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Walker v. Kelly


    Citation. Walker v. Kelly, 6 Conn. Cir. Ct. 715 (Conn. Cir. Ct. Apr. 27, 1973)

    Brief Fact Summary. Plaintiffs appealed a judgment where the trial court found no willful and malicious intent on the part of a five-year-old who threw a rock that struck Plaintiffs’ minor child causing injury.

    Synopsis of Rule of Law. When a tort requires a particular state of mind, and an infant because of his age or mental capacity, is incapable of forming such a state of mind, he cannot be found guilty of the tort.

    Facts. Plaintiffs brought an action in connection with an incident when Sharon Kelly, the Defendant’s daughter, threw a rock at the son causing a laceration on his forehead. There was some testimony suggesting that the son was attempting to hit Kelly with a bicycle, but Kelly testified that she had no such intention. On appeal, Plaintiff claimed error in the court’s refusal to find intentional conduct, contending that a five-year-old could be held responsible for her conduct. He contended further that the daughter acted willfully and maliciously thus fulfilling the requirements of the statute.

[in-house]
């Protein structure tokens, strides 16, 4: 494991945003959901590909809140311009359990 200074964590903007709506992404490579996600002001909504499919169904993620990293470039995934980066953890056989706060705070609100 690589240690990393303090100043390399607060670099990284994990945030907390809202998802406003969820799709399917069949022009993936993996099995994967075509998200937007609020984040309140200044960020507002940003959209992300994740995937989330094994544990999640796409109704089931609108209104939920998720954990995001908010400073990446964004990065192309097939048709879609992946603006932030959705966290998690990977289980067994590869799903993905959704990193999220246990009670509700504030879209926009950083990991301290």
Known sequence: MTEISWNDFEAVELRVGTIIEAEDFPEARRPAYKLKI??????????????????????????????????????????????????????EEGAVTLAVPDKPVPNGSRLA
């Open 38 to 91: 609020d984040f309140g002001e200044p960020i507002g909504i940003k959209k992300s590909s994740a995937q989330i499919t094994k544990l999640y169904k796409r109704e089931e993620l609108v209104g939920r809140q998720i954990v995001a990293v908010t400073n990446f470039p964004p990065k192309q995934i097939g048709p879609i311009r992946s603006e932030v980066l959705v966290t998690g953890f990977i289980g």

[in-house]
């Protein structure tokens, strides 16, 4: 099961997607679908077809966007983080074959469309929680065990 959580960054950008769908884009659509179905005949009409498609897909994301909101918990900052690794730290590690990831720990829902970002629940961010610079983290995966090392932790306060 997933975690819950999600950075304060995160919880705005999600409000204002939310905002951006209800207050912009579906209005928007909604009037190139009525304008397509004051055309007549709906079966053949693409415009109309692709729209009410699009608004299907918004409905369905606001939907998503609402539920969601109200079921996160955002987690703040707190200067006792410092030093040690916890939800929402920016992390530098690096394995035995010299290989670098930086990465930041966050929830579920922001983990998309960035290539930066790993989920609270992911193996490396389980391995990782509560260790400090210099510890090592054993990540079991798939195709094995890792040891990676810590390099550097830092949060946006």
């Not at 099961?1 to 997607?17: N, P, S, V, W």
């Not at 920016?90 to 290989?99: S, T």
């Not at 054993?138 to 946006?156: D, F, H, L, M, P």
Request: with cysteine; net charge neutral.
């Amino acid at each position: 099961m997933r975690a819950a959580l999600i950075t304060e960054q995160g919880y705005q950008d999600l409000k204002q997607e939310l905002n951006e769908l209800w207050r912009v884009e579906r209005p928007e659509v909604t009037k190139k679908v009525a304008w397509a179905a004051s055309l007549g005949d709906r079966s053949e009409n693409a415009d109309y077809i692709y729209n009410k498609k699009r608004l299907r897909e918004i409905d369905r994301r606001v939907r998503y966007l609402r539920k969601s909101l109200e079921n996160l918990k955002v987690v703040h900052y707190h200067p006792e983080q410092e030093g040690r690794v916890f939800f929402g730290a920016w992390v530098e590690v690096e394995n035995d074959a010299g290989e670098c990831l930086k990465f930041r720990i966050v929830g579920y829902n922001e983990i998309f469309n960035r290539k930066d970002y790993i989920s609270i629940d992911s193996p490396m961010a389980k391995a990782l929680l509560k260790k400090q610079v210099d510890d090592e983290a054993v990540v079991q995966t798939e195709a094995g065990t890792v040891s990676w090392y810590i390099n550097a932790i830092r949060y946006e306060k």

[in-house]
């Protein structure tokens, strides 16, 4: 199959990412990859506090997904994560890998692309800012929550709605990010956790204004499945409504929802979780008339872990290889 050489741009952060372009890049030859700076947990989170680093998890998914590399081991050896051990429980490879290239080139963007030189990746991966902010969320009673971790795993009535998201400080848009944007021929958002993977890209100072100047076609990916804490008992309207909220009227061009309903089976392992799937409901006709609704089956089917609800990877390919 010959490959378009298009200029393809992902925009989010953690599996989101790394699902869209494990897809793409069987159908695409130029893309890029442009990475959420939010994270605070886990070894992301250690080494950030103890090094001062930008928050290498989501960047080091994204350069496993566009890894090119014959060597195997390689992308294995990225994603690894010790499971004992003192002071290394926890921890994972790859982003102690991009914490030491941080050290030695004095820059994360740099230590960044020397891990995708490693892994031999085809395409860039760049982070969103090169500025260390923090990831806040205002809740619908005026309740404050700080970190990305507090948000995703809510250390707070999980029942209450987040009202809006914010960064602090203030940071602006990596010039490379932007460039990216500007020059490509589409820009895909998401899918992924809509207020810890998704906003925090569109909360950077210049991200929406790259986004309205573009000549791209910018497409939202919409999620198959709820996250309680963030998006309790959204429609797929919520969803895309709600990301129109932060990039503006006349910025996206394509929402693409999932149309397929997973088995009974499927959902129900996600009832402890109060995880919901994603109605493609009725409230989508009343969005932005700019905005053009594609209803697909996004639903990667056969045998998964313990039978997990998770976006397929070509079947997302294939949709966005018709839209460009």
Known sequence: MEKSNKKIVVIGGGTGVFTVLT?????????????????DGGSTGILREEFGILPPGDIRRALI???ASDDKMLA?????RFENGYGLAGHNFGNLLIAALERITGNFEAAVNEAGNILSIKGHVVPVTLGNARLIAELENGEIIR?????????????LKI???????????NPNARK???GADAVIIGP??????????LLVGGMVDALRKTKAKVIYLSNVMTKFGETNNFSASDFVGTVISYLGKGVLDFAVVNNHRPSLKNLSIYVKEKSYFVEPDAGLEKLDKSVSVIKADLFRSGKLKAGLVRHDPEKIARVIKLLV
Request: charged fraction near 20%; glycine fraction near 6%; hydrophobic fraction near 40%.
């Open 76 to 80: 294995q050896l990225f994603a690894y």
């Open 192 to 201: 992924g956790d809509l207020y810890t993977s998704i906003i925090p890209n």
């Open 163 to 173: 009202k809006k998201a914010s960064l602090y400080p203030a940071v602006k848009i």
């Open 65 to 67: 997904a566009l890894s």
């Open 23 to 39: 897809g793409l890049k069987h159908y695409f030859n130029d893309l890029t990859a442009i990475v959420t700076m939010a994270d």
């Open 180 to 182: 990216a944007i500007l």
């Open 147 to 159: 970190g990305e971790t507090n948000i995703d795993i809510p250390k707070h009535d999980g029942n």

Issue. Were the actions of a five year-old child willful and malicious thus fulfilling the statutory requirements for a claim of assault?

    Held. The appellate court upheld the judgment in favor of Defendants, as it concurred in the trial court finding that the child did not act with willful and malicious intent.
    Concurrence. The concurring justice specifically wished to enter into the record a clarification of an incorrect statement of law, deemed as overly general, regarding reasonable expectations concerning the “standard(s) of conduct and maturity” of children. Absent a specific statute, a court must hold that such children may be held liable if, after an analysis of the totality of circumstances, they are judged to have formed the requisite state of mind for the tort in question.

    Discussion. With regard to young children, when a tort requires a particular state of mind it must first be determined that the child in question is capable of forming such a state of mind. Courts recognize that young children are often incapable of forming the requisite malicious intent, and thus cannot be found guilty of the tort. The court employs a useful maxim here: “A willful or malicious injury is one caused by design.” A court must then consider the surrounding circumstances, including the child’s age, experience and mental capacity to determine whether such a state of mind can exist. Absent such a finding, the child cannot be held liable.


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